Dawn Smith, MD, MPH, MS, is an epidemiologist and medical officer with the Division of HIV/AIDS Prevention (DHAP) at CDC’s National Center for HIV/AIDS, Viral Hepatitis, STD and TB Prevention (NCHHSTP)
Getting PrEPared for HIV Prevention Navigation: Young Black Gay Men Talk About HIV Prevention in the Biomedical Era
Biomedical HIV prevention strategies, such as pre-exposure prophylaxis (PrEP) and post-exposure prophylaxis (PEP), represent new opportunities to reduce critically high HIV infection rates among young black men who have sex with men (YBMSM). We report results of 24 dyadic qualitative interviews (N=48), conducted in Los Angeles, CA, exploring how YBMSM and their friends view PrEP and PEP.
Guidelines from the Centers for Disease Control and Prevention (CDC) and other sources that identify individuals likely to benefit from Truvada (tenofovir disoproxil fumarate/emtricitabine) as pre-exposure prophylaxis (PrEP) are not sensitive or specific enough to identify many young Black men who have sex with men (MSM) at high risk for HIV, Reuters Health reports. A high proportion of individuals in a long-term cohort whom guidelines would not have indicated were at high risk for the virus contracted HIV over the course of a recent study.
In February 2016, the Centers for Disease Control and Prevention (CDC) released a report where they projected that one in two black men who have sex with men (MSM) and one in four Latino MSM would be diagnosed with HIV in their lifetime. In Philadelphia, estimates suggest that 32 percent of black and 19 percent of Latino MSM have HIV. This is not far from the CDC estimate. Additionally, a CDC Issue Brief in September 2016 stated that transgender people, particularly transgender women, are vulnerable to HIV infection. Available evidence suggests that, in relation to their population size, transgender women are among the most heavily affected populations in the United States. So how do we approach prevention in a new way that can change the path of the CDC’s projections?
LGBT youth are 120 percent more likely to experience homelessness than their heterosexual and cisgendered peers, according to a study released Thuursday.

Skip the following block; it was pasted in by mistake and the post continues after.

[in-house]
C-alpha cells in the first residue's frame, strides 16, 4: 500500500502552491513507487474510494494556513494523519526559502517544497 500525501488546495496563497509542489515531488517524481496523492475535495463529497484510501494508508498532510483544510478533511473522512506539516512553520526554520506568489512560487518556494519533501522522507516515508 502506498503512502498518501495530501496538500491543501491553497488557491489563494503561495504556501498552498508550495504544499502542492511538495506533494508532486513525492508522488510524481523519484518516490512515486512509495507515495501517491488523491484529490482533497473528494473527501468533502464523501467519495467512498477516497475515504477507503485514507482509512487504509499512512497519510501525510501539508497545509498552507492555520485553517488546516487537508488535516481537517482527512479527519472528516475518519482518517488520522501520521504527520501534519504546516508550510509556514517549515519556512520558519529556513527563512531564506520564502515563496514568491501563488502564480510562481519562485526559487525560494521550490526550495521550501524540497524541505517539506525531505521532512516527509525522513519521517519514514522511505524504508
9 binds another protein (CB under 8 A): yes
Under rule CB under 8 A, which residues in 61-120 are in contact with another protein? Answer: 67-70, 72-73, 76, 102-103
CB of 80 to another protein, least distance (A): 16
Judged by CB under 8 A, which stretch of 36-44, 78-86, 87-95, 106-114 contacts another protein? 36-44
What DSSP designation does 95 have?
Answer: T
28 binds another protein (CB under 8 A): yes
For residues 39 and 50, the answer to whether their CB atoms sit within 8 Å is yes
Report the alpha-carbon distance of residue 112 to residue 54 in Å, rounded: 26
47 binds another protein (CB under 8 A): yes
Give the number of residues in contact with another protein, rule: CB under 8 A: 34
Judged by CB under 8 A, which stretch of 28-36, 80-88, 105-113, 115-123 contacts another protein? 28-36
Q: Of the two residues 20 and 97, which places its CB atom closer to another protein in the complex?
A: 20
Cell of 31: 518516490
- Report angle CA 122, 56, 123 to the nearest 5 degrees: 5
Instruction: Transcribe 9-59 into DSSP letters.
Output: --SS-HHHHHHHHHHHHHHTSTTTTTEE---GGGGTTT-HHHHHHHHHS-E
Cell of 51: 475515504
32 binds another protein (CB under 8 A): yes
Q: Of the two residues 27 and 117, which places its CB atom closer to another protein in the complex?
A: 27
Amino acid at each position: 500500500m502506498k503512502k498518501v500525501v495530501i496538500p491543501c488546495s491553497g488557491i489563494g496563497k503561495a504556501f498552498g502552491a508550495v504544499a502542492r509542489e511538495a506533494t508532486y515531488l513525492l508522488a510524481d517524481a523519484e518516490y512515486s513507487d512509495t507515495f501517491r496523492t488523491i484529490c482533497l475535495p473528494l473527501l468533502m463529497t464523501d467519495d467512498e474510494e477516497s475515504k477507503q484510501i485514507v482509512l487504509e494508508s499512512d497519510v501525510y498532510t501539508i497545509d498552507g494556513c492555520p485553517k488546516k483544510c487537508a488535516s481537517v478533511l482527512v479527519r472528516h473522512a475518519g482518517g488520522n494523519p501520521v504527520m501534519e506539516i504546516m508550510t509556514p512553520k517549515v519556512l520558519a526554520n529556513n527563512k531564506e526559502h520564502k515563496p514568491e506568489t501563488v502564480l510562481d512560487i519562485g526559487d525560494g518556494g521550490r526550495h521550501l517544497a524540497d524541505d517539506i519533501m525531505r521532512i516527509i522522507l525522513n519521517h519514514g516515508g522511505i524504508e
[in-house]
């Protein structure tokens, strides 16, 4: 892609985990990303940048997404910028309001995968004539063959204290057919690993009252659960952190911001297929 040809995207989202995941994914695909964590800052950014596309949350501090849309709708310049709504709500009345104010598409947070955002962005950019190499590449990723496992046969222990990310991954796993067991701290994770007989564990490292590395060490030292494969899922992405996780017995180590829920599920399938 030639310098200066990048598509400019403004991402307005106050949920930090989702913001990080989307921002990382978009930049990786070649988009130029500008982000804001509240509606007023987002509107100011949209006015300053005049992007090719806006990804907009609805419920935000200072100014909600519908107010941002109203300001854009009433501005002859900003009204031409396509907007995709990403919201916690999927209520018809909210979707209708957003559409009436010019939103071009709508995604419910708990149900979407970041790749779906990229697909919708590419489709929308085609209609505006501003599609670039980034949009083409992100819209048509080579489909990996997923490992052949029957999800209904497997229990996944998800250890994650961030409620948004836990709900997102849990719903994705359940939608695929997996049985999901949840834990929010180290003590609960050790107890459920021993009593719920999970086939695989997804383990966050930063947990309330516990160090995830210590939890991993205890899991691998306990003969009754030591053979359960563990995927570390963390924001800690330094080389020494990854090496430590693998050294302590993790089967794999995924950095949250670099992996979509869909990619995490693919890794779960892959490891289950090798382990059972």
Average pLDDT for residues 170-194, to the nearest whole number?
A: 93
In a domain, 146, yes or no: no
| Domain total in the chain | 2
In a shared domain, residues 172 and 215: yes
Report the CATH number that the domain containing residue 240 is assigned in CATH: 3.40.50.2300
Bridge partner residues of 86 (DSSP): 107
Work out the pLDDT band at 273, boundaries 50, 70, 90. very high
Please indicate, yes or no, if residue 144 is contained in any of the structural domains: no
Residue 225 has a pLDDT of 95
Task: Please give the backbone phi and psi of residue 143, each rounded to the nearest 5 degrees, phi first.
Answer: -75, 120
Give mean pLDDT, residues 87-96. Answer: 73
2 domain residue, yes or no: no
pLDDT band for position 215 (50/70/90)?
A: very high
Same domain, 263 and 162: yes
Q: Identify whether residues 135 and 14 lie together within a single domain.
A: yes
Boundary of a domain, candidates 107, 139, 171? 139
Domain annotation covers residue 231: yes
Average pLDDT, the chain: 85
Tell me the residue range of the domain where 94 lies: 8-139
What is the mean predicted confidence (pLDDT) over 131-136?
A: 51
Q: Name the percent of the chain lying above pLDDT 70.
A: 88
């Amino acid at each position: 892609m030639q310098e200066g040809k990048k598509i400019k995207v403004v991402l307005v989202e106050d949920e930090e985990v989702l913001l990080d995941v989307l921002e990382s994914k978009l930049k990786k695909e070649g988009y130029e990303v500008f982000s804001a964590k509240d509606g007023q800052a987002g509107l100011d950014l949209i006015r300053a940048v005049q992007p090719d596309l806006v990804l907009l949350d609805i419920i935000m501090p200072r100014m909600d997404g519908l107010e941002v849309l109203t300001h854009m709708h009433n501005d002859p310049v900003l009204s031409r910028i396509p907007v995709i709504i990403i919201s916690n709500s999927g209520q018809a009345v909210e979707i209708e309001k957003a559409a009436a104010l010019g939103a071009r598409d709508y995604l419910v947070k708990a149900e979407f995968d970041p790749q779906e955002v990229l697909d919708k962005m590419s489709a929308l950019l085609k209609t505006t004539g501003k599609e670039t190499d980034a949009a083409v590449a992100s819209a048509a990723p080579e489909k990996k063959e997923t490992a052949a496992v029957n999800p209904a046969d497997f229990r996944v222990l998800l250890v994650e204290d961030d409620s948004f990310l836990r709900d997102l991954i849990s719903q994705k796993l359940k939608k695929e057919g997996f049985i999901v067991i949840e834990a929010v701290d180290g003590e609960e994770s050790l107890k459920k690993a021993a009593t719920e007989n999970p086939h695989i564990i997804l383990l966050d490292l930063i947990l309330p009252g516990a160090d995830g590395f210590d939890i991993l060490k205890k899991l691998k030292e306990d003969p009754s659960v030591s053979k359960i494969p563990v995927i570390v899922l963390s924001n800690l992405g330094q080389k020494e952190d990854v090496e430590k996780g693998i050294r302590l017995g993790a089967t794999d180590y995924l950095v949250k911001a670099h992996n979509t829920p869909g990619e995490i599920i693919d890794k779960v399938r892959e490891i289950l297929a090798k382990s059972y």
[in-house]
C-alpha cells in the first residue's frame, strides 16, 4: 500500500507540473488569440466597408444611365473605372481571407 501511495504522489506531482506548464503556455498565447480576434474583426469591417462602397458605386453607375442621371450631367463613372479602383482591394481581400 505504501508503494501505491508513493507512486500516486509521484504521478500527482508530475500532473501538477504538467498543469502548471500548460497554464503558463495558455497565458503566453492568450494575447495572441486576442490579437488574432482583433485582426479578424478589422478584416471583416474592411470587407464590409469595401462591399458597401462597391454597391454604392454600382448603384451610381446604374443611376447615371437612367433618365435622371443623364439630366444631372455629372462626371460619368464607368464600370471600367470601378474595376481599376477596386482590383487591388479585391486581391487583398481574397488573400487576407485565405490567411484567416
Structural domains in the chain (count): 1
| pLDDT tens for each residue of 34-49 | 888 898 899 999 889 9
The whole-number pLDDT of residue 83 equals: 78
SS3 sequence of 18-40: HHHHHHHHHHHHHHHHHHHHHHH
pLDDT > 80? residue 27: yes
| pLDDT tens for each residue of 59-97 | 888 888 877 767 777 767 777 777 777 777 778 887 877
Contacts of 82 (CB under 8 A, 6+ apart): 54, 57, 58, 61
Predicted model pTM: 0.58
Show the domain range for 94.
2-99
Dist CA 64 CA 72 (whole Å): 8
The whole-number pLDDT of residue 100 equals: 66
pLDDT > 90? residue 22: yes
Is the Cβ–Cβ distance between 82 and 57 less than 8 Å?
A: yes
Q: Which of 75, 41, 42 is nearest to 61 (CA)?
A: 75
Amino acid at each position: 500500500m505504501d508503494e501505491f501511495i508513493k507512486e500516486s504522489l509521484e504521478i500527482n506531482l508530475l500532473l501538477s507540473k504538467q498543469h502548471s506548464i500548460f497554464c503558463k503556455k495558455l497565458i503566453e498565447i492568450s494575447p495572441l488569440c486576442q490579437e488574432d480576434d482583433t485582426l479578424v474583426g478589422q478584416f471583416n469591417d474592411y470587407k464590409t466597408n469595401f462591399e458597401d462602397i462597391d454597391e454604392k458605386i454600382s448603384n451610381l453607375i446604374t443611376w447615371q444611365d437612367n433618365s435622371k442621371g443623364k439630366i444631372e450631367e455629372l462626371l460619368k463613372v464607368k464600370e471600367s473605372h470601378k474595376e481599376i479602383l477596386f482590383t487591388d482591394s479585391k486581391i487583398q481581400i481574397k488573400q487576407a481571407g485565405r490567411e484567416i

There are about 1.6 million homeless youth in the U.S., and they disproportionately identify as LGBT individuals. Less than ten percent of young people identify as LGBT, but over 40 percent of homeless youth do, the study from Chapin Hill found.
Even before the shooting rampage at a gay nightclub in Orlando, Fla., lesbian, gay, bisexual and transgender people were already the most likely targets of hate crimes in America, according to an analysis of data collected by the Federal Bureau of Investigation.
L.G.B.T. people are twice as likely to be targeted as African-Americans, and the rate of hate crimes against them has surpassed that of crimes against Jews.
Today, Chapin Hall at the University of Chicago released a new report on youth homelessness, Missed Opportunities: National Estimates, which found that LGBTQ young adults had a 120 percent higher risk of reporting homelessness compared to youth who identified as heterosexual and cisgender. The report also found that one in 30 youth ages 13-17 experienced a form of homelessness over a 12-month period and one in 10 young adults ages 18-25 experienced a form of homelessness over a 12-month period.
Young black sexual minority men are often underrepresented in behavioral research on the basis of concerns about safety, privacy, and confidentiality due to sexual identity or stigmatized sexual behaviors. However, little is known about sexual minority adolescents’ experiences of participating in research.